Piers Morgan Kisses Up to White House: Obama Has 'Extraordinary' Demeanor

In a Wednesday interview with the White House communications director, CNN's Piers Morgan gushed over President Obama's "extraordinary" demeanor and praised Obama as "confident" and "assured."

"Does he know something we don't? Or is he just quite cool under pressure?" Morgan slobbered to Dan Pfeiffer.

Although the CNN host brought up media scrutiny of Obama and the dissatisfaction of the Wall Street protesters, he made no mention of either the White House's Solyndra scandal or the administration's botched "Fast and Furious" program – two scandals that have made recent headlines.

He did, however, discuss former President Clinton's new book on how to fix the economy.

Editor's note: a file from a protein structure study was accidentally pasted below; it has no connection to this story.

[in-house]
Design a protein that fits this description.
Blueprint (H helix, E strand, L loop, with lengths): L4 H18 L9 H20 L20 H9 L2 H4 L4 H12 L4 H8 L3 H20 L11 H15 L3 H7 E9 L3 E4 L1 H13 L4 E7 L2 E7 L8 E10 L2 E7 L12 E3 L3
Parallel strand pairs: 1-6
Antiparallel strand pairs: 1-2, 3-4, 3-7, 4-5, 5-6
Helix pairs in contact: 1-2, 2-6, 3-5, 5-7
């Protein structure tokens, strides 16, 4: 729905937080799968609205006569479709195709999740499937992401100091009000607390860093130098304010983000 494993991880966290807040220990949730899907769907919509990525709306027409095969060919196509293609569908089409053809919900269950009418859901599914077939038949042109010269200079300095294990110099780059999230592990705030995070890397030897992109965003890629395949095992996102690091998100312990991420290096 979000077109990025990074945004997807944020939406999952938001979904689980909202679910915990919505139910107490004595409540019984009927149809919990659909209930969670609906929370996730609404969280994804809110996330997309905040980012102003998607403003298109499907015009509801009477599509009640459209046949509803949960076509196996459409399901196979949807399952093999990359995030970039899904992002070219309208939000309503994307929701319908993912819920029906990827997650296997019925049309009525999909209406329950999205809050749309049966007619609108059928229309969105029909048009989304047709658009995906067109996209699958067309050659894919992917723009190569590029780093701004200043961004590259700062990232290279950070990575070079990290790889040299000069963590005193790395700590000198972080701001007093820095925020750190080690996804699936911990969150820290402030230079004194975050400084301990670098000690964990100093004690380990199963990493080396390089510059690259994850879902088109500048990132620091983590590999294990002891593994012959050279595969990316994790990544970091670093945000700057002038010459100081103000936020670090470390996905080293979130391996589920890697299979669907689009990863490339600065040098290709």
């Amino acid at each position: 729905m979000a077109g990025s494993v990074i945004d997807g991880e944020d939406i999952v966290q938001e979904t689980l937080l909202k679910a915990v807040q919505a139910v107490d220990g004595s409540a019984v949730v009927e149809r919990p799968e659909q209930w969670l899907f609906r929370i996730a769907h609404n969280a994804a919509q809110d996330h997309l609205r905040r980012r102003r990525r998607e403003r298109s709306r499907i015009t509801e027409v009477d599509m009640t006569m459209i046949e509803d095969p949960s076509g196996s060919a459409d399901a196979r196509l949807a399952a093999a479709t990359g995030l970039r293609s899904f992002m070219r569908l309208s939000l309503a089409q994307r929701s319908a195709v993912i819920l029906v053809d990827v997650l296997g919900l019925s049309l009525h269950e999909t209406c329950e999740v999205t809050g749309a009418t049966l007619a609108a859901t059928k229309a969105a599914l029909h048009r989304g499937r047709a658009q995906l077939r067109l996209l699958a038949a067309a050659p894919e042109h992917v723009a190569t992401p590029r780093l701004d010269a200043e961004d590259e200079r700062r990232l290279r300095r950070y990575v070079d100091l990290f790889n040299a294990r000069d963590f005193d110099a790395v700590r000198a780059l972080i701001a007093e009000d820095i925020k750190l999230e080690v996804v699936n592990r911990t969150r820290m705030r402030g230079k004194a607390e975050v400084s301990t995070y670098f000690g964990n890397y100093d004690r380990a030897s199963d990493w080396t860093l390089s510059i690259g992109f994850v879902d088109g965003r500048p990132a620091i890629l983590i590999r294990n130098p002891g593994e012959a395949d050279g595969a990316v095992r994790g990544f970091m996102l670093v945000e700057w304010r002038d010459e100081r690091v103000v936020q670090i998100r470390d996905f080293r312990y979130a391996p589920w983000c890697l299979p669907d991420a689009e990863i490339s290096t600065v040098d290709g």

Morgan pulled a quote from the book where Clinton argued that the American public believing that Republican "intransigence" and "obstruction" hampered Obama's accomplishments could win votes for Obama in 2012.

The CNN host has himself aided the Obama administration thus in the past, by casting the Tea Party as "intransigent" and defending Obama's initial goodwill as something rejected by hyperpartisan Republicans.

[Video below. Click here for audio.]

In the interview, Morgan also threw Pfeiffer softballs like this one: "What are the kind of words you would like to see as the cornerstone of the next campaign, which have perhaps a better chance of overall success?"

"You know, someone jokingly said to us the other day that our bumper sticker should be: 'Bin Laden's dead, G.M.'s alive'," answered Pfeiffer to laughter from his interviewer.

A transcript of the segment, which aired on November 9 at 9:16 p.m. EST, is as follows: